Al Gore is hopeful. In fact, the Nobel Laureate, who has spent years solemnly sounding the alarm on global warming, now sounds positively chipper. In an interview with Mashable this week, he argued with the conviction of a barnstorming preacher that climate change has changed from a scientific issue to a grassroots social movement and expressed excitement that the cost of carbon-free energy sources are plunging to become competitive with fossil fuel prices. This new, more ebullient Gore, who seemed somehow lighter on his feet, was also on display during “24 Hours of Reality,” his Climate Reality Project’s annual web-a-thon, which in past years has stuck mainly to countering climate science contrarianism.
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'We Lined Up For Ten Days To Get The IPhone 6 First In The World'
Two Australian guys spent 10 days in line waiting for the iPhone 6. They will be the first in the world to get their hands on the new device — and then they will give it away. At spots number one and number two at the flagship Apple Store in Sydney, Salvatore Gerace and Christian Ibrahim, have been involved in a very dedicated PR stunt since Sept. 9. The new phone will be released as the Apple Store Sydney opens at 8AM local time on Friday.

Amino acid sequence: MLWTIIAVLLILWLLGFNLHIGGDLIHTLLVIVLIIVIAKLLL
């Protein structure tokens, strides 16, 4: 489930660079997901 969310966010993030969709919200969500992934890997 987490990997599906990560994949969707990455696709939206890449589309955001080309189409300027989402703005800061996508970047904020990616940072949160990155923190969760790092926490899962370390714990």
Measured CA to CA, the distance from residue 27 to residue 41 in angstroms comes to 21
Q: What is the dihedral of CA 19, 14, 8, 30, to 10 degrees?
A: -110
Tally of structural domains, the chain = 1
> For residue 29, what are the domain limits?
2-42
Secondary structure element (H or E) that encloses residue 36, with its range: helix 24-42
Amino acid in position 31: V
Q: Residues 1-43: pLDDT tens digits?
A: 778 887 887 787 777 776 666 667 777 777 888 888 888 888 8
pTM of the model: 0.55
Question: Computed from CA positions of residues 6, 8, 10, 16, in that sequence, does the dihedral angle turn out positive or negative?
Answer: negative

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U.S. Housing Starts Fall; Prior Month's Data Revised Higher
U.S. housing starts and permits fell in August, but upward revisions to the prior month's data suggested the housing market continued to gradually improve. The Commerce Department said on Thursday, groundbreaking declined 14.4 percent to a seasonally adjusted annual 956,000-unit pace. July's starts were revised to show a 1.12-million unit rate, the highest level since November 2007, instead of the previously reported 1.09-million unit rate.
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U.S. Jobless Claims Fall, Continuing Claims Lowest Since 2007
The number of Americans filing new claims for unemployment benefits fell more than expected last week, suggesting that a sharp slowdown in job growth last month was probably an aberration. Initial claims for state unemployment benefits dropped 36,000 to a seasonally adjusted 280,000 for the week ended Sept. 13, the Labor Department said on Thursday. It was the lowest level since July. Claims for the prior week were revised to show 1,000 more applications received than previously reported